By: Amy Holloway, President, Avalanche Consulting
Our last two articles explored two interrelated trends impacting the country’s economic vitality – the growing wage divide and decreasing affordability of housing. We discovered startling statistics that illuminate these challenges:
- While the top half of U.S. income earners saw their real wages grow 3% in the past 10 years, the bottom half saw real wages fall 4%. Income disparity is increasing.
- In the past decade, there has been a massive shift from home ownership to renting. 330,000 fewer households owned homes in 2014 than in 2005, and there are now 6.5 million more renters.
- The share of American households paying more than 30% of their income for housing is now 35%. It is worse for renters. 52% of renters spend more than 30% of their income on housing.
These issues have become a source of conversation within modern economic development organizations, especially in the past year. If an EDO’s objective is to help advance economic prosperity for everyone in its community, then it is the responsibility of an EDO to take action to help correct these unhealthy trends.
A traditional business recruitment approach to economic development won’t be enough. Sheer job creation will not adequately address wage disparity and affordability challenges. It could even exacerbate the issue. With a current 5% U.S. unemployment rate (and even lower in many metros), the drive for more jobs could lead to workforce shortages, potentially threatening existing businesses.
In light of these challenges, what is our advice for 2016?
EDOs must focus on job quality and the education pipeline.
Quality jobs have higher wages, income earning potential, and career advancement opportunities. They are found in companies that offer a complete range of jobs, from entry level to senior management, and clear pathways for workers to be promoted as their skills and experience improve. Quality jobs allow people to generate wealth and improve their standard of living.
Three things economic developers can do to emphasize the quality of jobs over quantity of jobs:
- Refine your target clusters to include businesses with high quality jobs. When identifying sectors and companies on which to expend your limited resources, make sure they will offer your residents with higher than average wages and potential to advance their careers.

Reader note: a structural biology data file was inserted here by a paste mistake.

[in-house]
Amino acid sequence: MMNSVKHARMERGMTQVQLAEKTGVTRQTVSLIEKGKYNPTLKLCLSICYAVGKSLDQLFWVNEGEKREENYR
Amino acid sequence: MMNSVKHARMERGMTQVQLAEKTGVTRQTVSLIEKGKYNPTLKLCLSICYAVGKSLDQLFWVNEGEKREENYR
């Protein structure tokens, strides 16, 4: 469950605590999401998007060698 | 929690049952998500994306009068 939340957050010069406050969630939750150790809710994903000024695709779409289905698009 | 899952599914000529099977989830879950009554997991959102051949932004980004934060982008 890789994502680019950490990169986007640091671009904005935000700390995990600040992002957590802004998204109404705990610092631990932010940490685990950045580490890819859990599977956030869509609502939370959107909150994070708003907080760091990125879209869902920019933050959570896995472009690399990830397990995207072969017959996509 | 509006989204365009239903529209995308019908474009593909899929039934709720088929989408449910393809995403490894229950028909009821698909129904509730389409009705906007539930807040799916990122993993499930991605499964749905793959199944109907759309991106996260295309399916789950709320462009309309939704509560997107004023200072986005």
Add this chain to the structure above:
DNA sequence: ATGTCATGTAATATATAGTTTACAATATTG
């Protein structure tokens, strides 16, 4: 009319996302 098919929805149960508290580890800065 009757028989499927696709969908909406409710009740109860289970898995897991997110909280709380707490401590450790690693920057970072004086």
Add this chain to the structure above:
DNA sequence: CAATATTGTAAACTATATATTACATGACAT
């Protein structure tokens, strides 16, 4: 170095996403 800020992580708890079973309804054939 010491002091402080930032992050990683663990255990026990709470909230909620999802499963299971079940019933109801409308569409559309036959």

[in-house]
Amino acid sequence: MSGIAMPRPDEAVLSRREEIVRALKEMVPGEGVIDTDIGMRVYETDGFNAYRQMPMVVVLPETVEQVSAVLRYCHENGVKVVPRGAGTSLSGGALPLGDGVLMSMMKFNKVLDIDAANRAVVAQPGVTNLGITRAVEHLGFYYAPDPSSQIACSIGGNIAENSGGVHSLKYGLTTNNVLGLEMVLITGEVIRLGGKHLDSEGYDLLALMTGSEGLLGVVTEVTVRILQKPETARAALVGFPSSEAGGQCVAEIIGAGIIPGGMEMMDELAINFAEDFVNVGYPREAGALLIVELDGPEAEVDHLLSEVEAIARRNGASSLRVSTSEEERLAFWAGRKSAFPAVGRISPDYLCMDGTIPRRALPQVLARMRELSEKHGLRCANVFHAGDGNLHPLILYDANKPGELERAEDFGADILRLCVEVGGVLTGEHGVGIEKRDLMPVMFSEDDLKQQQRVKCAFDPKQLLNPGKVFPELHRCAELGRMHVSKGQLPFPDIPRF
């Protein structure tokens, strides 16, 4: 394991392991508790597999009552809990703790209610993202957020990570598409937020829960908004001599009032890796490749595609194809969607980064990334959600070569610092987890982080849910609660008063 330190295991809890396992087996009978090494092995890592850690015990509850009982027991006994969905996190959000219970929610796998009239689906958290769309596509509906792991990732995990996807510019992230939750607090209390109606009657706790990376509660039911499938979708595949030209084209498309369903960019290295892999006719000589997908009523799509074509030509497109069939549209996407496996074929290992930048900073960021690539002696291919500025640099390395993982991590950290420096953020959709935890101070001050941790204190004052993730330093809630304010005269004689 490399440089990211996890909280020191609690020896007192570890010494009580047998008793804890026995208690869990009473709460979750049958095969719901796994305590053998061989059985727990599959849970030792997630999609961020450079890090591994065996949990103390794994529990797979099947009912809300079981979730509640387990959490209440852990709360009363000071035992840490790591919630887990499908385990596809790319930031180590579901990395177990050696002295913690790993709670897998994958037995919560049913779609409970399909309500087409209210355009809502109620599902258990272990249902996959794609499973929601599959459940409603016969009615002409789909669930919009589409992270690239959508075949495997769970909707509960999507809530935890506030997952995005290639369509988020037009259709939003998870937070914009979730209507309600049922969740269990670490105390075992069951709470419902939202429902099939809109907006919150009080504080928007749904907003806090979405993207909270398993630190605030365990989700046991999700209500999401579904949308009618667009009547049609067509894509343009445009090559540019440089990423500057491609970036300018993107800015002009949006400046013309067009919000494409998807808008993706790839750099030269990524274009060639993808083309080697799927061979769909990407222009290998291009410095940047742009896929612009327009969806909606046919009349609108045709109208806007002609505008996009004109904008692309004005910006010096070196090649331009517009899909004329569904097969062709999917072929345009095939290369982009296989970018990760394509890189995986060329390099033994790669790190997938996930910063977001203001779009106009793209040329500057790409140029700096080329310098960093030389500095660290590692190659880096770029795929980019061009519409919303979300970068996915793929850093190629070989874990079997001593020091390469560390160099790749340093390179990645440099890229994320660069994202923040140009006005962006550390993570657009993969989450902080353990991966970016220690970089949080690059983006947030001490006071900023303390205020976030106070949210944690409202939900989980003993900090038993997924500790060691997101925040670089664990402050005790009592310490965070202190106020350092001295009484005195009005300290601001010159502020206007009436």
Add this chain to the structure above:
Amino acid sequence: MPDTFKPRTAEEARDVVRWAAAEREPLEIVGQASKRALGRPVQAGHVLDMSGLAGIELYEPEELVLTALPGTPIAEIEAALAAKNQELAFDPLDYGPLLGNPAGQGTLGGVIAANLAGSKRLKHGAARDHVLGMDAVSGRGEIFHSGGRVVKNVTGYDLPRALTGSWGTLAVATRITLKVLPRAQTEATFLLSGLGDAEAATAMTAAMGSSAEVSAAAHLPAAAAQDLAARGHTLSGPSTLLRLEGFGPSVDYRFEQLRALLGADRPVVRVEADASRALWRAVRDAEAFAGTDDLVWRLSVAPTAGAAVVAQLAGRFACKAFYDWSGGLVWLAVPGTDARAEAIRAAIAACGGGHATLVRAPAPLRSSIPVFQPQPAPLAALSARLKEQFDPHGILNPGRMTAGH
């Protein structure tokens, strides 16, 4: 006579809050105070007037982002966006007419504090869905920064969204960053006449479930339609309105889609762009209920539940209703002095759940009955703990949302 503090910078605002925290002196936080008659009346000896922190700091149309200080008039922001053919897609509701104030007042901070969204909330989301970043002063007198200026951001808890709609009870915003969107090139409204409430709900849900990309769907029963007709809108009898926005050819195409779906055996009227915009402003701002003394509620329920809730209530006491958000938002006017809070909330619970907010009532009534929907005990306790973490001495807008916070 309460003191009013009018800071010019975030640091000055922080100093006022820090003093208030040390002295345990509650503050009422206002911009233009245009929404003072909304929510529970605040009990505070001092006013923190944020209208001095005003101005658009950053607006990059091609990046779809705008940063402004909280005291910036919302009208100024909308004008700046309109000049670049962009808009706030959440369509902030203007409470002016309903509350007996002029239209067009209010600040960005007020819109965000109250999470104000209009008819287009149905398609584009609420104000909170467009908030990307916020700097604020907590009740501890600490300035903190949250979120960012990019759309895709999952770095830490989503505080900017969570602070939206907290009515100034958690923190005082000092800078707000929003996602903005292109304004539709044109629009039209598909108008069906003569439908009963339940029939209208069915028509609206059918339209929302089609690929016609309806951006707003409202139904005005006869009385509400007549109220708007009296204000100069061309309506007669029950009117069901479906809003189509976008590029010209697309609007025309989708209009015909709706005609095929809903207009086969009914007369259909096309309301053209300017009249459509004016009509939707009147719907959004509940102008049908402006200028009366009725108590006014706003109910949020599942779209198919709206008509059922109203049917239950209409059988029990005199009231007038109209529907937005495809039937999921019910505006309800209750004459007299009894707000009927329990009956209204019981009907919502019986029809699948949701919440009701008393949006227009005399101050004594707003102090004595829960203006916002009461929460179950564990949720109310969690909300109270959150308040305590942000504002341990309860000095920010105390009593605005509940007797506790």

- Re-evaluate your EDO’s performance metrics. Adopt metrics like higher wages, shrinking wage disparity, and job diversity as primary metrics rather than the quantity of jobs created. Lead a concerted effort to educate your stakeholders about why your metrics need to change in order to have a healthier economy.
- Re-examine your incentives offerings and reconsider how your community looks at economic impact. Incentives should reward primary businesses for paying higher wages across occupations even if the business is creating only a handful of those jobs. (This allows small local businesses and entrepreneurs to be eligible for incentives, too.) Think creatively. For example, tailor incentives for businesses employing a greater diversity of occupations or for those with clear career advancement programs for employees.
Companies with quality jobs are more likely to grow in regions with an aligned and complete education pipeline. An aligned pipeline is one in which education programs have anticipated and adapted to the needs of the region’s target clusters. A complete education pipeline offers entry points for workers of all skill levels and a seamless series of programs for workers seeking to advance their skills.
Aligning and completing the education pipeline requires a multi-institutional approach that involves K12, community colleges, universities, workforce agencies, and training providers. These institutions must commit to working together. They should set their sights on providing, as a whole, a complete set of programs that can move students from basic to advanced skillsets with limited redundancy among institutions.
Three things economic developers can do to align and complete the education pipeline:
- Initiate these conversations if they aren’t already happening in your community. Bring educators together to discuss what a complete and aligned pipeline would look like and how coordination will benefit their institutions.
- Bring local businesses into the conversation. Document their talent needs and those of your target clusters. Share this information with educators.
- Gather data through primary and secondary research to quantify current and projected skills gaps. Arm educators with this data to inform their decisions and help them advocate for changes in programming and funding.
Avalanche Consulting is devoted to helping communities reach new heights. We believe economic vitality can only be accomplished if everyone in a community has access to quality jobs and a complete education pipeline that prepares them for career advancement and a higher standard of living. As an economic developer, you have a critical role to play in this progress. We hope these six tips will inspire you and your team in 2016.